‘Blue Jasmine’: Woody just gets better

July 24, 2013

blue jasmine

Approaching the age of 80, with more than 40 feature films under his belt, Woody Allen continues to astonish, finding new ways to surprise audiences with each year’s film.

With “Blue Jasmine,” he shows once again that he is a master of texture and tone – of creating complex, compelling work that never quite goes where you expect it to, even as it draws upon source material as familiar as Tennessee Williams’ “A Streetcar Named Desire.”

Allen is our most reliable and adventurous independent filmmaker, in the truest sense of the word. Having wowed audiences (and won an Oscar) with 2011’s “Midnight in Paris,” he all but tossed off the frothy, divertingly insubstantial “To Rome With Love.” Now he comes back with “Blue Jasmine,” perhaps his most affecting work since his “Crimes & Misdemeanors”/”Husbands and Wives” period in the early 1990s.

It’s fascinating to watch Allen both celebrate Williams’ classic tragedy and turn it on its ear. Where Blanche Dubois was a self-deluding former teacher in reduced circumstances mourning the death of a lover who couldn’t bear the weight of his sexual secrets, Allen’s Jasmine (played to an Oscar-worthy fare-thee-well by the luminously fragile Cate Blanchett) is something else altogether.

Oh, her husband is dead – and she’s come to San Francisco to stay with her sister, Ginger (Sally Hawkins), whose boyfriend is the earthy, sexy Chili (Bobby Cannavale). Jasmine is penniless, as it turns out, trying to get back on her feet. Having never finished her degree, she’s thinking about going back to school, perhaps to become an interior decorator.

For backstory, Allen grafts an entire history told in flashback that is as interesting as the story in the foreground. As he moves back and forth in time, we learn that Jasmine was married to the handsome, dashing Hal (Alec Baldwin), an investment banker who, it quickly becomes apparent, could be Bernard Madoff. He and Jasmine live the high life, with a lavish Fifth Avenue pre-war apartment, homes in the Hamptons, vacations on the continent, limos, drivers, the whole package.

Present-day Jasmine is having trouble making the adjustment. She was paupered by the scandal that eventually broke over Hal’s finances – and yet she plays the victim as well. Allen, however, reveals her for what she is: self-absorbed, unwilling to ask questions about Hal’s finances (or philandering) until the evidence is too monumental to ignore.

Is she just another pawn in Hal’s scheme – or an accomplice? Is willful ignorance the same thing as not knowing? Can you ever really put the past behind you when that past includes both mistreating and abusing the trust of those with whom you now need to be closest?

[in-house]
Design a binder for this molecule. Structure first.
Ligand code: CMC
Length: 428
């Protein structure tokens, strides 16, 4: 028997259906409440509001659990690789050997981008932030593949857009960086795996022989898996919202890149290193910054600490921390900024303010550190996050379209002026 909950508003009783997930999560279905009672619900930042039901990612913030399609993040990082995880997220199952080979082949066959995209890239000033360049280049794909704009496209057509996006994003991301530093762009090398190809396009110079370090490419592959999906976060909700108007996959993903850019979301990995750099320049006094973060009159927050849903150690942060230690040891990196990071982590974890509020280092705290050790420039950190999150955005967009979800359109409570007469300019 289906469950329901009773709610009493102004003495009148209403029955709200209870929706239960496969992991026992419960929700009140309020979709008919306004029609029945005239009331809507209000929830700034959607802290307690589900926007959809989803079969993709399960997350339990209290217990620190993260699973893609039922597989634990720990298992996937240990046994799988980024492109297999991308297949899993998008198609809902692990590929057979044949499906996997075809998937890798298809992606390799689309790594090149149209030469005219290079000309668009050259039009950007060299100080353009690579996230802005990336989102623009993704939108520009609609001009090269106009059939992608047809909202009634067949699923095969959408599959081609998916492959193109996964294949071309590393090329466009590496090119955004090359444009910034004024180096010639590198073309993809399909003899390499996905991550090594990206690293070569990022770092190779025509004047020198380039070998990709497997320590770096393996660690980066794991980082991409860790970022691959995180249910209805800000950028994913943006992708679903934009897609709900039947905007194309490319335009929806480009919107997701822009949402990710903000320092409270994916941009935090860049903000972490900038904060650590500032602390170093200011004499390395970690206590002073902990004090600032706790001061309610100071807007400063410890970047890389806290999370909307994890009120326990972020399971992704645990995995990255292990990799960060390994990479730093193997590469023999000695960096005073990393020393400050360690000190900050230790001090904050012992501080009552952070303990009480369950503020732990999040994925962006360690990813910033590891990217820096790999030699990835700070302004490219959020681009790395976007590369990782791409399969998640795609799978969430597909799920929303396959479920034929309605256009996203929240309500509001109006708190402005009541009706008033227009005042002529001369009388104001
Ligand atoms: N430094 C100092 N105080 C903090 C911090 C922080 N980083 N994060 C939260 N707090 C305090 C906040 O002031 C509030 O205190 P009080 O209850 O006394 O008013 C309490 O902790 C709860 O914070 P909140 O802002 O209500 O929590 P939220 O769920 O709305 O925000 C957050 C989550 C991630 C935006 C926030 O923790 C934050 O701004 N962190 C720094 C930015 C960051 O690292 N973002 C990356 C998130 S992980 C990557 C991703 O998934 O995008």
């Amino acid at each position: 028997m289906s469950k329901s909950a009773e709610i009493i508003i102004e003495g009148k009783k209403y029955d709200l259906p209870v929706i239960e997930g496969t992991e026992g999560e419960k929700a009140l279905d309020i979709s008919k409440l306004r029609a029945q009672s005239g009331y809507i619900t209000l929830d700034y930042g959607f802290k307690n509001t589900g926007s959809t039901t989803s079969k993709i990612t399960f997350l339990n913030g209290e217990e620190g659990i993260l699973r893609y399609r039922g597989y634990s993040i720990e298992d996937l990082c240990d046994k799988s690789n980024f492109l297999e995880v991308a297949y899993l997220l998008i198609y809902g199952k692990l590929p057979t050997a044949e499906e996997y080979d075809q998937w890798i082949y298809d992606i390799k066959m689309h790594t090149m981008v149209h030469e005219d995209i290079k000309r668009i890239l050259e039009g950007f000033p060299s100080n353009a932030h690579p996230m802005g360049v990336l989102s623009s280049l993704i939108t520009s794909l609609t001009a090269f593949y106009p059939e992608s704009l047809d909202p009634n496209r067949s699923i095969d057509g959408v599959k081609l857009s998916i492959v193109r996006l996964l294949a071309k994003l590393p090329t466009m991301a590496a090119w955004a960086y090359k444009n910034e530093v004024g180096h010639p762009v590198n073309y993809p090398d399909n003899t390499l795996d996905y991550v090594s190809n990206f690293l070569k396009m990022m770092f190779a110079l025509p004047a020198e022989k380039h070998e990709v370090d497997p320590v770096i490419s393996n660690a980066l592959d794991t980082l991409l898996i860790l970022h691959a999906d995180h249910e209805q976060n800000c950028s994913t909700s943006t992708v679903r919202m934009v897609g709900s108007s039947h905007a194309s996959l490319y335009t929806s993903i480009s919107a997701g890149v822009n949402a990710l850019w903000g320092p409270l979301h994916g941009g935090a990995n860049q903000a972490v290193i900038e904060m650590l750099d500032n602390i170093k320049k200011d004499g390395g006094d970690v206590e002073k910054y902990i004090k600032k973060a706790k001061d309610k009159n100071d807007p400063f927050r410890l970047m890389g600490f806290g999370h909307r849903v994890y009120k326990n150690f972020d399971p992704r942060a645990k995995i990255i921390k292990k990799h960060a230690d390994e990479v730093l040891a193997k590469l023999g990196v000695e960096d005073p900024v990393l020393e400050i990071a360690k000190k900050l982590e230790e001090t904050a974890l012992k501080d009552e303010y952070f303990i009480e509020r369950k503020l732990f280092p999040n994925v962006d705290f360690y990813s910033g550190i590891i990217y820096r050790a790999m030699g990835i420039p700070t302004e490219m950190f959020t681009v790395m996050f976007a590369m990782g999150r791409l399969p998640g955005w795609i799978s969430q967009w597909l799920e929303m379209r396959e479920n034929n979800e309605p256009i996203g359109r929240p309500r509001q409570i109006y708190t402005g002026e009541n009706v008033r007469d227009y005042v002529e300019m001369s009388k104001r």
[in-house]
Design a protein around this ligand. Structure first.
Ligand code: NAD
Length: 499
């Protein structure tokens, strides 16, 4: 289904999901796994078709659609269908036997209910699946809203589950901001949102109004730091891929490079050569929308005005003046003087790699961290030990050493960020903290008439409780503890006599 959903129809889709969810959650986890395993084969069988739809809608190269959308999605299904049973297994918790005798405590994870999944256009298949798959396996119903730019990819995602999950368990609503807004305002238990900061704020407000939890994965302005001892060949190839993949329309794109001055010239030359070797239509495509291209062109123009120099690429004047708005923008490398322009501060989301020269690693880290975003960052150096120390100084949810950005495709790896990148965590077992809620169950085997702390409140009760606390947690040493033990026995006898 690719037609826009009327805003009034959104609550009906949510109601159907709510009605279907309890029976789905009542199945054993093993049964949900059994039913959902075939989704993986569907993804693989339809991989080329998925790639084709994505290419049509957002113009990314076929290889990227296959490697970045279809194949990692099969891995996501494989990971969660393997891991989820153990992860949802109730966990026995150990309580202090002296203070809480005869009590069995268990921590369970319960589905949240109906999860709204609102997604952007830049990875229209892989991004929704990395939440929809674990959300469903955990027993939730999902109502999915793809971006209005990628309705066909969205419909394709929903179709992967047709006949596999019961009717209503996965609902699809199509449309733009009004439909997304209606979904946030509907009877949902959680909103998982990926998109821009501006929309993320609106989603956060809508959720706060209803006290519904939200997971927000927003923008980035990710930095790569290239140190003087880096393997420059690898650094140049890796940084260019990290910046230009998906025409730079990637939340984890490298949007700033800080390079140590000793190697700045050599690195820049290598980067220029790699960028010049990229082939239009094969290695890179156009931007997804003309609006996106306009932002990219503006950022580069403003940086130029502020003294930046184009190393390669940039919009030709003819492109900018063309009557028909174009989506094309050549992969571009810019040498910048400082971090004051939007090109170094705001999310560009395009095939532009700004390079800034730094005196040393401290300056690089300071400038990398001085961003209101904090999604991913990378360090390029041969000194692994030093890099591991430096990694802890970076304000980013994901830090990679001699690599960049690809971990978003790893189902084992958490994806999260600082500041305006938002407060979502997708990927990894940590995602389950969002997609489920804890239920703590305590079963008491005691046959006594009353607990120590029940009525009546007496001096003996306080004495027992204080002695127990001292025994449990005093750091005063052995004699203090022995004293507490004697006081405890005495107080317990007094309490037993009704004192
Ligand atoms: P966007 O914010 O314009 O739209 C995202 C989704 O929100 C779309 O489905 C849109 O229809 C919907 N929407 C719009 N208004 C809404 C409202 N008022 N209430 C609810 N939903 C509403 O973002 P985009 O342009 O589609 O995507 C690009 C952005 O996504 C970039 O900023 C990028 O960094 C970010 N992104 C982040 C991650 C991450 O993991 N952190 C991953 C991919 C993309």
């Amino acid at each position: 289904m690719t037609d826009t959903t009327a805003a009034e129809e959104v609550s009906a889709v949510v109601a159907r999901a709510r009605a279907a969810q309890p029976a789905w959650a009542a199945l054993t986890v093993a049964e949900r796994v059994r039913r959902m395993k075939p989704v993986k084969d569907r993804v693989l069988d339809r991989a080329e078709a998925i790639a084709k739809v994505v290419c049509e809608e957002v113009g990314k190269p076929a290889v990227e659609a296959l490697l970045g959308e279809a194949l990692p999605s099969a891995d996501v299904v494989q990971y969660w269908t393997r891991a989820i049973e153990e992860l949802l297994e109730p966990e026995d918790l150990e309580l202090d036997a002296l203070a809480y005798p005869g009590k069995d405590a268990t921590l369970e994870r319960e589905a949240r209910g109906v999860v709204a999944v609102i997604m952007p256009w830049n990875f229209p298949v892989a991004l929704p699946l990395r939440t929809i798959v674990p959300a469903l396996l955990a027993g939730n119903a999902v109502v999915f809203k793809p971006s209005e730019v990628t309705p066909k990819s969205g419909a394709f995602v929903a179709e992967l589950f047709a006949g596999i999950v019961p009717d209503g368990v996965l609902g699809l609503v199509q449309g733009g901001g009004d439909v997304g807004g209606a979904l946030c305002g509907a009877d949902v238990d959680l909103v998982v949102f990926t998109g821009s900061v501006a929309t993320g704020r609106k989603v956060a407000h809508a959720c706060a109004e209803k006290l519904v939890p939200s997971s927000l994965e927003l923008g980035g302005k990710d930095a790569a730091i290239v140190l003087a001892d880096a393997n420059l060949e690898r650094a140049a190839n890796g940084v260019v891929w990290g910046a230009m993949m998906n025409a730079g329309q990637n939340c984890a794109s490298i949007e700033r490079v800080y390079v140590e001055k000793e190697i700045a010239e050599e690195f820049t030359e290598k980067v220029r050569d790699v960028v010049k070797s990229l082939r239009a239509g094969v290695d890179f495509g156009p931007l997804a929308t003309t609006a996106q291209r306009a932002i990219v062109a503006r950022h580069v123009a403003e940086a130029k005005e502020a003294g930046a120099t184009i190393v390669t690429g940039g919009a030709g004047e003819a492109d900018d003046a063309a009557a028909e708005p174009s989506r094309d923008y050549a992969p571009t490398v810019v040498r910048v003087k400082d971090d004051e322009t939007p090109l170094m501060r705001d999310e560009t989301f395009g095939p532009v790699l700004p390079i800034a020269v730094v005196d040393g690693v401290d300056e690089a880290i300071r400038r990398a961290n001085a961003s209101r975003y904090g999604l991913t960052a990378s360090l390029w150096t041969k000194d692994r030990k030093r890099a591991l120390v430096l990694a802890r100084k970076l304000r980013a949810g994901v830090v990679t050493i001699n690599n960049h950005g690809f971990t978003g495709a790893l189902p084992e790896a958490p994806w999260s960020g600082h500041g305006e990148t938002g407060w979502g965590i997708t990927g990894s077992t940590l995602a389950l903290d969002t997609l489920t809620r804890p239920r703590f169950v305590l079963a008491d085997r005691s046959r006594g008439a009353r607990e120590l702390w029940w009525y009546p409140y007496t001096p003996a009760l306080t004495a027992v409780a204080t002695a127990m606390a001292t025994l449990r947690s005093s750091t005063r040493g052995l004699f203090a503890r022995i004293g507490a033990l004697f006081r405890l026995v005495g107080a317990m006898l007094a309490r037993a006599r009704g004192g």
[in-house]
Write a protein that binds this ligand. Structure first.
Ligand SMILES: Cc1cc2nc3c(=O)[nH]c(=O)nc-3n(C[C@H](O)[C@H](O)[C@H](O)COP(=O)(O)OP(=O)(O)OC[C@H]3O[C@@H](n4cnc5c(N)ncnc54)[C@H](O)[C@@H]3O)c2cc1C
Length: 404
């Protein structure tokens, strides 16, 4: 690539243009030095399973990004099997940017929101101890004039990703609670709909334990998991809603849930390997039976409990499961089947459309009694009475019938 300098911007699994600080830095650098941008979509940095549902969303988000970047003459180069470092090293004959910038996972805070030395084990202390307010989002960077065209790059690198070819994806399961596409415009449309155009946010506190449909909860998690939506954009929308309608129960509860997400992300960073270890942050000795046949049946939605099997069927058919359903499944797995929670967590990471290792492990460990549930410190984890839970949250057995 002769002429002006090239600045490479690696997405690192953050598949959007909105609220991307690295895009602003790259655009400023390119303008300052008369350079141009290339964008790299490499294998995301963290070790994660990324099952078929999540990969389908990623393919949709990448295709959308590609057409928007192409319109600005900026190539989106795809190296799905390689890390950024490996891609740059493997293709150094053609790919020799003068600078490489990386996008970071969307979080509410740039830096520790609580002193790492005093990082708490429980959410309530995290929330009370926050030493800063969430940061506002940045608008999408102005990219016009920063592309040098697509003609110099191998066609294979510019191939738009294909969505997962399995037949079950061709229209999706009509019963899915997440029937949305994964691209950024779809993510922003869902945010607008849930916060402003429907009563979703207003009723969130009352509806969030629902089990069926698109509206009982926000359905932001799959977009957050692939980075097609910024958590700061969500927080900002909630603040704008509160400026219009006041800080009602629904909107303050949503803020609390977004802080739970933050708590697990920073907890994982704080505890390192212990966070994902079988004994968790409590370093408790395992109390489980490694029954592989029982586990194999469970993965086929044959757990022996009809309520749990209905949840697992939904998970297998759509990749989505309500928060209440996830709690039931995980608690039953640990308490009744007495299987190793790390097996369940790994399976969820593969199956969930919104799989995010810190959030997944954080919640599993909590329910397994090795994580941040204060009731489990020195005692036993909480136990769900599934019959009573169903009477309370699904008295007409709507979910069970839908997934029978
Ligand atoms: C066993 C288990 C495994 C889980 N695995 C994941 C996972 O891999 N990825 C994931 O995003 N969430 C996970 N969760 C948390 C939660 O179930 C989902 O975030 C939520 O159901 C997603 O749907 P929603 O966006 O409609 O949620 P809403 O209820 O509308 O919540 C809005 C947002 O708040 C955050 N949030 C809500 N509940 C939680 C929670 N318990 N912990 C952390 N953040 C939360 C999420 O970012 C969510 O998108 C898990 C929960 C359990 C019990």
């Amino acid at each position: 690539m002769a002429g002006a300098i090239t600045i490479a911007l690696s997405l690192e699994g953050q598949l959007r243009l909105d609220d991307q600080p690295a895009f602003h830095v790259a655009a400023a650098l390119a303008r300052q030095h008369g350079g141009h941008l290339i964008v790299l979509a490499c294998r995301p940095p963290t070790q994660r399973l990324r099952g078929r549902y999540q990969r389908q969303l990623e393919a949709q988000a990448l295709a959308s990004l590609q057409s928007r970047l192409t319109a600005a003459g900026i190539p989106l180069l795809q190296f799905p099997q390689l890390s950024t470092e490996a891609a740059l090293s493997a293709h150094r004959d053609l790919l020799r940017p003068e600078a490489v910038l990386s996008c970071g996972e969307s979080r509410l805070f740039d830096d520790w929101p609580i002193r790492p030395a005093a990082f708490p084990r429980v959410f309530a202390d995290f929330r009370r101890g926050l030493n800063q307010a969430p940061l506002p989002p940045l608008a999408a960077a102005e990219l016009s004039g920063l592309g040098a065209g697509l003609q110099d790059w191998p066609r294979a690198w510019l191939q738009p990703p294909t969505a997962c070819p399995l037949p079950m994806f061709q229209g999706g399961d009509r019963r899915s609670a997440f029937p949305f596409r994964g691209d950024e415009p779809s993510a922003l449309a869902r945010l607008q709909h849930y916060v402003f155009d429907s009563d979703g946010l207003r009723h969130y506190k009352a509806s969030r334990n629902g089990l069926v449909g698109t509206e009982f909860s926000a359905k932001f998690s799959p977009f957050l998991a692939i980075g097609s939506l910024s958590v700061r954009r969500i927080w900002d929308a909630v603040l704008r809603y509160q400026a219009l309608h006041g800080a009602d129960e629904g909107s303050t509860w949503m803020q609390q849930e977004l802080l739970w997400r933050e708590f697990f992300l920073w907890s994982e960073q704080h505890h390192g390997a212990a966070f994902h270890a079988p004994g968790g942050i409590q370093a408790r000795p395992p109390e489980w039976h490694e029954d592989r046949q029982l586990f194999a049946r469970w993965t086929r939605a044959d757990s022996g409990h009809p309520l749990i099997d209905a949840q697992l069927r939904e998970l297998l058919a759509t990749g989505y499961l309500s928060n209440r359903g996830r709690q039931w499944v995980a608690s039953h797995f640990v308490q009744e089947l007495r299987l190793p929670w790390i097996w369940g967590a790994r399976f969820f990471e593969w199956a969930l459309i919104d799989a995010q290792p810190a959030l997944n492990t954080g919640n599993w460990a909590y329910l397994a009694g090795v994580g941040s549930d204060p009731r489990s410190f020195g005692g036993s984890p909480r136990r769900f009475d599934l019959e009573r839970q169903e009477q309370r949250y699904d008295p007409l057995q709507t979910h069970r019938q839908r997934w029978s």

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That’s part of what Allen is getting at here. Jasmine and Hal haven’t just hurt Hal’s investors. They also convinced Ginger and her then-husband Augie (a very restrained Andrew Dice Clay) to sink the lottery windfall they’ve won into an investment with Hal, instead of using it for Augie to start his own contracting business.

So Jasmine is that most conflicted of creatures: someone trying to get others to forget the part of the past in which her actions caused them harm – but also someone who wants to cling to the fond memories she has of the glory days. Never mind that those glory days were financed by stealing from others.

Allen finds ways to expand upon Williams’ plot, to modernize it without losing its central struggle between memory and reality, between what should have been and what actually was. San Francisco serves as an evocative substitute for New Orleans, offering the blend of the street life and the remove of wealth, whether in Marin County or lavish property overlooking the Golden Gate Bridge.

By fusing Williams’ romantic tragedy with a Madoff-like subplot, he gives extra oomph to both. The financial portion isn’t about Hal – it’s about Jasmine’s blithe refusal to see anything but the fruits of Hal’s misdeeds as being relevant. Allen uses the flashbacks to underscore and illuminate Jasmine’s increasingly precarious mental state.

Yet Blanchett brings a specificity to the encroaching mental disconnect that Jasmine faces. Initially seen chattering incessantly at a seatmate on her flight to San Francisco, she’s often seen nattering on, whether to increasingly bored acquaintances or, as it sometimes turns out, to herself (while imagining she is actually in a conversation). It’s a spooky performance, one that never quite shifts into pure madness because the character is too canny to completely lose her grip (at least for most of the film).

The rest of the cast is exceptional as well, particularly Hawkins as the alternately ameliorative and feisty Ginger. Cannavale isn’t doing an obvious Stanley Kowalski here but he finds the perfect comic tone, as does Michael Stuhlbarg (as a dentist who hires Jasmine as a receptionist) and Peter Sarsgaard, as a diplomat who falls for the woman Jasmine seems to be (unaware of her past). Baldwin, as Hal, is silken, like the perfect con man ought to be.

“Blue Jasmine” isn’t just one of the best films of the summer; it’s one of the best of the year, a drama with enough laughs to underscore just how tragic its portrait really is. But while there is humor to be sure, you will never mistake this film for a comedy.

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